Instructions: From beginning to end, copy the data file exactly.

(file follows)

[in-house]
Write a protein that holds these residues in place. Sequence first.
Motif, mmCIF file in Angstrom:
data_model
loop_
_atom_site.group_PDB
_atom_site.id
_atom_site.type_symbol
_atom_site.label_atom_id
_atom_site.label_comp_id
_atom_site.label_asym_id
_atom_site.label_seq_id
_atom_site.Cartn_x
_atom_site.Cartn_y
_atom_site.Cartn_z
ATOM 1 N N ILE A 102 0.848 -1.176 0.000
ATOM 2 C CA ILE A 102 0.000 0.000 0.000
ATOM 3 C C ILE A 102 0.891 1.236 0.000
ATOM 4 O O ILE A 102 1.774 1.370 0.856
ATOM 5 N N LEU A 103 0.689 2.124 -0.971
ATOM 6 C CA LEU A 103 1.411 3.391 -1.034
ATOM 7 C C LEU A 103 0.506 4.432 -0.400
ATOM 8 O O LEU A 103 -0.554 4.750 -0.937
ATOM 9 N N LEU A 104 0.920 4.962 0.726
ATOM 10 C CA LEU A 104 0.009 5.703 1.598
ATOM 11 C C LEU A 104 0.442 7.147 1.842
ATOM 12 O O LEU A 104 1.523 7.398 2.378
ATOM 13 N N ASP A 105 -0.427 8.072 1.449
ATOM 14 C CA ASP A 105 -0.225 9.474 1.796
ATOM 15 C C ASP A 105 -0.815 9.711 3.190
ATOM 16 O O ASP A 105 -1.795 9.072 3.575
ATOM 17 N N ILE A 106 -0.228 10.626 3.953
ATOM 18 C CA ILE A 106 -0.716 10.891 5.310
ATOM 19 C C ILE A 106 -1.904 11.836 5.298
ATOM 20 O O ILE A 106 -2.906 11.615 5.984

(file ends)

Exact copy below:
[in-house]
Write a protein that holds these residues in place. Sequence first.
Motif, mmCIF file in Angstrom:
data_model
loop_
_atom_site.group_PDB
_atom_site.id
_atom_site.type_symbol
_atom_site.label_atom_id
_atom_site.label_comp_id
_atom_site.label_asym_id
_atom_site.label_seq_id
_atom_site.Cartn_x
_atom_site.Cartn_y
_atom_site.Cartn_z
ATOM 1 N N ILE A 102 0.848 -1.176 0.000
ATOM 2 C CA ILE A 102 0.000 0.000 0.000
ATOM 3 C C ILE A 102 0.891 1.236 0.000
ATOM 4 O O ILE A 102 1.774 1.370 0.856
ATOM 5 N N LEU A 103 0.689 2.124 -0.971
ATOM 6 C CA LEU A 103 1.411 3.391 -1.034
ATOM 7 C C LEU A 103 0.506 4.432 -0.400
ATOM 8 O O LEU A 103 -0.554 4.750 -0.937
ATOM 9 N N LEU A 104 0.920 4.962 0.726
ATOM 10 C CA LEU A 104 0.009 5.703 1.598
ATOM 11 C C LEU A 104 0.442 7.147 1.842
ATOM 12 O O LEU A 104 1.523 7.398 2.378
ATOM 13 N N ASP A 105 -0.427 8.072 1.449
ATOM 14 C CA ASP A 105 -0.225 9.474 1.796
ATOM 15 C C ASP A 105 -0.815 9.711 3.190
ATOM 16 O O ASP A 105 -1.795 9.072 3.575
ATOM 17 N N ILE A 106 -0.228 10.626 3.953
ATOM 18 C CA ILE A 106 -0.716 10.891 5.310
ATOM 19 C C ILE A 106 -1.904 11.836 5.298
ATOM 20 O O ILE A 106 -2.906 11.615 5.984